Yogurt cup at main bus station, BSI: 349 ISK (4.20 CAD)
Pre-made single sandwich pack at main bus station, BSI: 949 ISK (11 CAD)
Granola and yogurt cup at N1 gas station: 239 ISK (2.90 CAD)
Small coffee at N1 gas station with upto 5 refills: 295 ISK (3.55 CAD)
Bag of Lays chips (175 g): 495 ISK (5.95 CAD)
If you can wait to buy packaged and convenient food items and other necessities, Bonus and Kronan grocery stores both offer great alternatives to procuring your essentials on a budget. These stores have a great variety of products including International foods. Below is a quick list of items to get you through a couple of days, including an entire 3-course dinner.
Bonus grocery store pickings:
Small thin crust frozen Ristorante pizza: 395 ISK (4.75 CAD)
Pack of frozen fish cakes, 0.858 kg (enough to feed 5 people for one meal): 698 ISK (8.40 CAD)
Big cucumber: 169 ISK (2.0 CAD)
Bunch of Romaine lettuce: 285 ISK (3.40 CAD)
Bottled water (12pk): 828 ISK (10 CAD)
White bread (500g): 159 ISK (1.90 CAD)
We paired the pizza with the fish cakes and preceded it with a salad of cucumber and lettuce. This was enough to satiate a family of 5, so purchase according to your party’s needs.
Another grocery store worth trying, which offers a bigger selection and better pricing than Bonus, is Kronan supermarket.
Kronan grocery store pickings:
Beef-flavoured instant noodles: 39 ISK (0.47 CAD)
Spring mix salad, 100g: 258 ISK (3.10 CAD)
Milk, 1 L: 135 ISK (1.60 CAD)
Instant cup porridge with fruit: 89 ISK (1.10 CAD)
Frozen Snitzel, 10 pk: 1, 399 ISK (16.85 CAD)
Frozen sweet potato fries, 450g: 359 ISK (4.30 CAD)
Here are some super cool convenience food items I spied at the Kronan in the area:
Breakfast for 5 people (bread, cheese, prosciutto, soft-boiled egg and hot beverage): 7, 180 ISK (86 CAD)
This breakfast was had at Bergsson Mathus (about a 15-minute walk from the main bus station, BSI), where the staff were very hospitable and helpful.
Stores and Services:
Kronan: grocery store with a wide variety of reasonably-priced products
Bonus: also a grocery store but slightly more pricey than Kronan
Landsbankkin: Iceland’s major financial institution
Straeto: bus service in Iceland
N1: popular gas station, usually comprising a Subway, Pizzeria and Nesti convenience store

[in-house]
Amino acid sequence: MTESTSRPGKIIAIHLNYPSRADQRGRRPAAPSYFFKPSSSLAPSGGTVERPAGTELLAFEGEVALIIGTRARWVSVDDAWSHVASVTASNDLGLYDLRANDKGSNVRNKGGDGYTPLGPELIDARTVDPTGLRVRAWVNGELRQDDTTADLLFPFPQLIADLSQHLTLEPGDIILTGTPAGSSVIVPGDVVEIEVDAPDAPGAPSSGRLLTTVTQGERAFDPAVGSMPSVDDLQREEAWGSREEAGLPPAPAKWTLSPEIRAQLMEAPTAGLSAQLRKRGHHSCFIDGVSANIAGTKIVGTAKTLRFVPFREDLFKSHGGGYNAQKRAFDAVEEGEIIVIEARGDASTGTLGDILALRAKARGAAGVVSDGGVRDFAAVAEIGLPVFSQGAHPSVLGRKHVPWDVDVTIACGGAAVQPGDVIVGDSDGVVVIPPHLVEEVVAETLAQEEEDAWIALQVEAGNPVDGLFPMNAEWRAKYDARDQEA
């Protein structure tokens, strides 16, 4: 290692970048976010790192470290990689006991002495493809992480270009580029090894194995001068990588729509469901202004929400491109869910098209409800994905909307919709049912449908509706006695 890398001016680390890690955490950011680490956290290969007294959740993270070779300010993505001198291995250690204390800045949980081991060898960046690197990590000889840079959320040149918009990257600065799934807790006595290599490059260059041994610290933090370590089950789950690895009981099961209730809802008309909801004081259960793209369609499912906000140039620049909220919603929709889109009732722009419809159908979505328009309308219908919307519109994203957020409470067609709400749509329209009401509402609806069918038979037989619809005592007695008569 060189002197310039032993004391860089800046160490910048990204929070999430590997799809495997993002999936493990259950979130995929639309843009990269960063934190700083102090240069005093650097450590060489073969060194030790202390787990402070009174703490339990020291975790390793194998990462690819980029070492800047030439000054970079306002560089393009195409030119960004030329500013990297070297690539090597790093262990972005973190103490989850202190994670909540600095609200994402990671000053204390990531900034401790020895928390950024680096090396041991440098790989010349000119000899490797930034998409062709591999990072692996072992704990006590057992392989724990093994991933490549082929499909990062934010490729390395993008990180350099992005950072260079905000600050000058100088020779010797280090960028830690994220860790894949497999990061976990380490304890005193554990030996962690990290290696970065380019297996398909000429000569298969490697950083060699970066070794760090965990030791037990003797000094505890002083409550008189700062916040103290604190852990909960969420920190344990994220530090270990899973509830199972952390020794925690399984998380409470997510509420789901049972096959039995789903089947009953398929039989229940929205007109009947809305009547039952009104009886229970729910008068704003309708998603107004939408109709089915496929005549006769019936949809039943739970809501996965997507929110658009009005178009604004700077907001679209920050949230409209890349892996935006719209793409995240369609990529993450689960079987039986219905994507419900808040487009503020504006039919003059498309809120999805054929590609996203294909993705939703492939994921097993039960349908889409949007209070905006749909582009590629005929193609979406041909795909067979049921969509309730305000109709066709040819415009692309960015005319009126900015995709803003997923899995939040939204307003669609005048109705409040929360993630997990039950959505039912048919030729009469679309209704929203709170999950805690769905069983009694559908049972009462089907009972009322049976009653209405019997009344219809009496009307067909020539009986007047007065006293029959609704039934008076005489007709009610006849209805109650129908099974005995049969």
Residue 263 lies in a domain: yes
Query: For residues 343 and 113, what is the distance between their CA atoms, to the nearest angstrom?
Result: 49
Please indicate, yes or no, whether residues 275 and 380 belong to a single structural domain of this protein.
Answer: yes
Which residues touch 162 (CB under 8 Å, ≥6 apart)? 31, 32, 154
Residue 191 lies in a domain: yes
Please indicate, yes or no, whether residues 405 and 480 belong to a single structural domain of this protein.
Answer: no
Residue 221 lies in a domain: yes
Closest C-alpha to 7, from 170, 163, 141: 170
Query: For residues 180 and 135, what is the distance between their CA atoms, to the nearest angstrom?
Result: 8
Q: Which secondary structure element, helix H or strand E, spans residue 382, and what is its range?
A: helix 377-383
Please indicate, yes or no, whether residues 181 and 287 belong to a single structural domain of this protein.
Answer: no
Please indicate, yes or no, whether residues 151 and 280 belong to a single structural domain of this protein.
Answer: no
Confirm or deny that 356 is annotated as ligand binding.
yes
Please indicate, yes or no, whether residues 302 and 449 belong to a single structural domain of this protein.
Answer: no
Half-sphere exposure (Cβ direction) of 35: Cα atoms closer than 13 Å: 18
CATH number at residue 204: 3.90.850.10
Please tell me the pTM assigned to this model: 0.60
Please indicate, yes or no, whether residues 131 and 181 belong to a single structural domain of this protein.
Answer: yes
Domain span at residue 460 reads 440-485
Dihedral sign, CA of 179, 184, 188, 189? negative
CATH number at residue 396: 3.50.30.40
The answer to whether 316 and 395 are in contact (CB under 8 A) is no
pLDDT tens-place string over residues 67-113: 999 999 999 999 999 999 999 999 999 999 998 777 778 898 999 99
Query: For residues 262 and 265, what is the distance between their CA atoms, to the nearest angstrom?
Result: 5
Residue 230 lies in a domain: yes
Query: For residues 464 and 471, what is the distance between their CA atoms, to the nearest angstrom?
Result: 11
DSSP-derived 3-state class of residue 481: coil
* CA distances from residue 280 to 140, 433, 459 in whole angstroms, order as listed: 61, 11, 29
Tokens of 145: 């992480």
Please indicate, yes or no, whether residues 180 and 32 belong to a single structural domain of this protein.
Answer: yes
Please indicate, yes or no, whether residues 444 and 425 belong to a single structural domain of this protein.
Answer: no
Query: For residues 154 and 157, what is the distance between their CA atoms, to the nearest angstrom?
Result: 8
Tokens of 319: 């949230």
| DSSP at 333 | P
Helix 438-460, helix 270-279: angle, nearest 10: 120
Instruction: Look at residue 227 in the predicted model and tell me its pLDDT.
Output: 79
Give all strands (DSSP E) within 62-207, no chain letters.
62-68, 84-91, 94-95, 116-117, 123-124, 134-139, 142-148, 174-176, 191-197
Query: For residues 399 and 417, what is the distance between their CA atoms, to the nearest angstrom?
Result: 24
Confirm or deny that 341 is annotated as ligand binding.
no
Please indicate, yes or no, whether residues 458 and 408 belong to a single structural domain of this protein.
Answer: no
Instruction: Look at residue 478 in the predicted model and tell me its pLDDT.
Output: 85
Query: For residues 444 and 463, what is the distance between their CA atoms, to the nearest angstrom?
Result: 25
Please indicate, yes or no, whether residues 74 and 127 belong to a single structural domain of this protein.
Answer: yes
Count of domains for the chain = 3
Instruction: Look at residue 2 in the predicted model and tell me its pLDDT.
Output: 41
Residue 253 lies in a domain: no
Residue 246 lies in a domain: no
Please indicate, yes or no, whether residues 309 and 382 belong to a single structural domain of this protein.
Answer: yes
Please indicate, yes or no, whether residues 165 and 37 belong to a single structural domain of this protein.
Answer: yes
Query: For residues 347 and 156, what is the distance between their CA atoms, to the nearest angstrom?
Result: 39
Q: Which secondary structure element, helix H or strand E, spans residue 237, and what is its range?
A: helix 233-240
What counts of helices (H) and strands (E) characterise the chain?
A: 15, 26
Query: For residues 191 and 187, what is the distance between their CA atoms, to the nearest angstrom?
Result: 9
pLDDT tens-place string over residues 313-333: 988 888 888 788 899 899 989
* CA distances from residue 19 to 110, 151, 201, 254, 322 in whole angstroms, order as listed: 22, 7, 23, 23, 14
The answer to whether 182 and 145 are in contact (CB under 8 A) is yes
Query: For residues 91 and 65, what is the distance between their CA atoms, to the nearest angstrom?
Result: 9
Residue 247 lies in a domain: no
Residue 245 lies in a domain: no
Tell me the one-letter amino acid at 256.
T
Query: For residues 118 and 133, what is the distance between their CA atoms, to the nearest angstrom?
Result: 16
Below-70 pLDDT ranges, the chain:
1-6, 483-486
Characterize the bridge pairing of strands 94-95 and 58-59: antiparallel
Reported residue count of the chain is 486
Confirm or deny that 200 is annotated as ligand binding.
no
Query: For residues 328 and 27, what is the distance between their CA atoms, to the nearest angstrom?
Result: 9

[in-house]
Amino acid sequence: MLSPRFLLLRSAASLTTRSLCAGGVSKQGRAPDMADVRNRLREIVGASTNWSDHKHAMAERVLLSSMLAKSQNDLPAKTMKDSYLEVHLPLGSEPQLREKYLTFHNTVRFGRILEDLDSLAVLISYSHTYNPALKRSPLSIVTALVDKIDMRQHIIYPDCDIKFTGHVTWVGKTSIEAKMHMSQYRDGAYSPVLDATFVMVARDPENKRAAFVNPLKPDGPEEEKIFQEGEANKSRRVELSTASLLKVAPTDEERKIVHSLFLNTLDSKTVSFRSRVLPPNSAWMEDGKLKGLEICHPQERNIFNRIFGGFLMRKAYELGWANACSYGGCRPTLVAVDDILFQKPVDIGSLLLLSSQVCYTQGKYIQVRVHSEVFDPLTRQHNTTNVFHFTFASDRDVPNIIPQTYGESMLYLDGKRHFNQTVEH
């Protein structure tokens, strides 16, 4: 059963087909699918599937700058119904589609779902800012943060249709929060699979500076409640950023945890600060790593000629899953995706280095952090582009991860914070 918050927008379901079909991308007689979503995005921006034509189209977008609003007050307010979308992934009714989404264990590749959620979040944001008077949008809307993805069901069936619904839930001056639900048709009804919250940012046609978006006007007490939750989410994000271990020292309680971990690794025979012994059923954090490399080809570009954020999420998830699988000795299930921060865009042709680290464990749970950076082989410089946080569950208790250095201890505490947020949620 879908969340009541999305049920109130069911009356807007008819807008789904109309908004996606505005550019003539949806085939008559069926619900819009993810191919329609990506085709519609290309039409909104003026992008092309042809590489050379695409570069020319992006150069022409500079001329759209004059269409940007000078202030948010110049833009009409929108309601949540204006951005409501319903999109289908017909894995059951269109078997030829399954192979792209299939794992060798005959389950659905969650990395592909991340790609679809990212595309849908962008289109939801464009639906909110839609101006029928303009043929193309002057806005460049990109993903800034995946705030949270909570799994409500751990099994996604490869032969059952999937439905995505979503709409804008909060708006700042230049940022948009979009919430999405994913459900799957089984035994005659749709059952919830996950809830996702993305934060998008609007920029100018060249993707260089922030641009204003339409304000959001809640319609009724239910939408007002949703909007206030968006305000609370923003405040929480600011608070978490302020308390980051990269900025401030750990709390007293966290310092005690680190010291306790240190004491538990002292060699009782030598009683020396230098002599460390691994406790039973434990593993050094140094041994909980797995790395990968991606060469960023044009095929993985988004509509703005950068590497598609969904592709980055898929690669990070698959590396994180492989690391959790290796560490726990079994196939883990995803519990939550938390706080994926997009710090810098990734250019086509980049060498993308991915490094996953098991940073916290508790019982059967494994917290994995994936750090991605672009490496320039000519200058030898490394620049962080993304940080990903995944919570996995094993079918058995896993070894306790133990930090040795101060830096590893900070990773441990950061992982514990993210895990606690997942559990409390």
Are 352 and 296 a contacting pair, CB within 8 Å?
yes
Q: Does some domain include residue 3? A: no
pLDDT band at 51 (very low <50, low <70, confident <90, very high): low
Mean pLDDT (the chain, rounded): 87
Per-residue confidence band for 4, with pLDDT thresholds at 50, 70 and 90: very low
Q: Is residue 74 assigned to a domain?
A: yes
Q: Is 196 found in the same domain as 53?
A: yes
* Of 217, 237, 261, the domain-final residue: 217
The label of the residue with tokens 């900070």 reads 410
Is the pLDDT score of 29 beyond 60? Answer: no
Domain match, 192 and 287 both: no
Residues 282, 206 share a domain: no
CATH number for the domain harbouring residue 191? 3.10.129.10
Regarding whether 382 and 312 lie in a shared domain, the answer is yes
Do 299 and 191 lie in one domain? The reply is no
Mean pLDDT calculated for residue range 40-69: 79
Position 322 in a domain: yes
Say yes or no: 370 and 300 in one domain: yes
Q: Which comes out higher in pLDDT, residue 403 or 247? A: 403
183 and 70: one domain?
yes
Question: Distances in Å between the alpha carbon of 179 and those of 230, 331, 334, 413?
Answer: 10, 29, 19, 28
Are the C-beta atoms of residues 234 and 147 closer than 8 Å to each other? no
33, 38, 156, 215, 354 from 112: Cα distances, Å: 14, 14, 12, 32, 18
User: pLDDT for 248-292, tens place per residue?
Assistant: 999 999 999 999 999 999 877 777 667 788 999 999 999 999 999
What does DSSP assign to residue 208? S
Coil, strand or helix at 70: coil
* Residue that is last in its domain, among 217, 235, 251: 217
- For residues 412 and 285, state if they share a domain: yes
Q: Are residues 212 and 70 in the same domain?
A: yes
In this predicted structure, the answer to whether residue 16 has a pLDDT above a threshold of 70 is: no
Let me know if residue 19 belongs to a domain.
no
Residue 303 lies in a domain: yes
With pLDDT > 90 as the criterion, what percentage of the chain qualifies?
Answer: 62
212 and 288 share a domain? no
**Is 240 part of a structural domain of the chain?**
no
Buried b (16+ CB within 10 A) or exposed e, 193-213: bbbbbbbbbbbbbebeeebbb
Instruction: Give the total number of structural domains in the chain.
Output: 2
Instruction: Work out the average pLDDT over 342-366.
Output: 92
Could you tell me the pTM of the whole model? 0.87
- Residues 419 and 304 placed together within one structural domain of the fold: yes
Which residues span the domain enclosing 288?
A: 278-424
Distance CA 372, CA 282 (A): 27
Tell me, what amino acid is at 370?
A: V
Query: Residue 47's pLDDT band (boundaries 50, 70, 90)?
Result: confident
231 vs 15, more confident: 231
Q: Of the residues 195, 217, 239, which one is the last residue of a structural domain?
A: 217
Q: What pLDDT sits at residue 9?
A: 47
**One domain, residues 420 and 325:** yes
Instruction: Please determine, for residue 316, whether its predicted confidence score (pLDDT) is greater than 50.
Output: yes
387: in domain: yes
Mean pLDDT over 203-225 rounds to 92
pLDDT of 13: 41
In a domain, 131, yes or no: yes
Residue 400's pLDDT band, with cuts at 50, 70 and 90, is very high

Posturinn: the postal service of Iceland with red boxes at most major bus stations and the airport, for quick drop-off of stamped mail
**Sidenote: Iceland recently opened its first Costco Wholesale and there is an IKEA off the highway!
Postcards: 95 to 120 ISK (1.15 – 1.45 CAD)
International stamps (to Canada and the U.S.A.): 285 ISK (3.40 CAD)
Souvenirs: 300 ISK + (3.60 CAD +)
Things to do:
Everyone talks about the Blue Lagoon, and if this is on your list, do it. However, the biggest bang for your buck would be the Golden Circle with Secret Lagoon package offered by Arctic Adventures. If you have more time in Iceland, Arctic Adventures offers a variety of tours.
Blue Lagoon with pickup and drop-off from/to main bus station (BSI): 10, 600 ISK/adult (127 CAD)
Golden Circle + Secret Lagoon Pkg with pick-up and drop-off from/to several major sites: 11, 990 ISK/adult (144 CAD)
With the Golden Circle package you choose a location that you want to be picked up from, and the time you prefer for the pick-up from the drop-down list online. A word about these bookings (including Blue Lagoon), they need to be done online and ahead of time. Once you pay for the package, you just appear at the pick-up location for your chosen time and a guide in a bus will come get you. We had Scott as our driver and tour guide, and as a former geologist, he had a wealth of knowledge about Iceland’s geology. Trust me when I say that all the things I learned were incredible. In no way did this tour drag on. With visits to the Pingvellir National Park, the Geysir, Gullfoss (Iceland’s most famous waterfall and an impressively stunning one at that), the crater Kerid, Faxafoss (another beautiful waterfall with a clever salmon slide to help salmon swim upstream) and a final resting stop at the Secret Lagoon, this is a tour that is well worth your money. It takes 9 hours, so plan to spend an entire day on this one. Also, pack a towel and bathing suit for the Secret Lagoon as renting a single towel will cost you 500 ISK ( 6.02 CAD).
Did you know that Icelandic farmers allow their sheep to wander freely everywhere all summer, and then in early September farmers, friends and locals get together to round the sheep up into the barn for the winter? Talk about respect for animal life and community! Or maybe that a lot of Icelanders believe in elves and since elves are said to reside in rocks, disturbing rocks (even for construction purposes) is a no-no? Or that 99% of Iceland’s power is renewable energy? Yes, all this and more was learned on the tour. As a teacher, this left me on a high (Yes, I took notes!)!
Gullfoss (Golden Waterfall), largest waterfall in Iceland
Geysir in Iceland with water temperatures between 80 and 100 degree Celsius
If you have an entire day, definitely do the package tour mentioned above. If you can spend more time in this beautful country, whale watching, walking in the Reykjavik city centre, relaxing in parks (their parks are beautiful, clean and so well laid out), biking through Reykjavik, hiking through Iceland’s natural landscape and visiting the Old Harbour are other things you can do. Iceland’s major mountain (really a hill) can be hiked in about 80 minutes if nature gives you a buzz!
So yes, Iceland is expensive, but there are different ways to stay on budget and Iceland is not just worth the visit, it is a must-experience. I say this emphatically. ICELAND IS A MUST-EXPERIENCE. I arrived worried about spending too much money, but left with an awe for this Nordic country’s natural beauty, inspiration from its innovative design, self-reliance and energy initiatives, but mostly a deeper respect for nature as learned from the wondeful Icelanders. If Iceland is not on your bucket list, you best put it on now!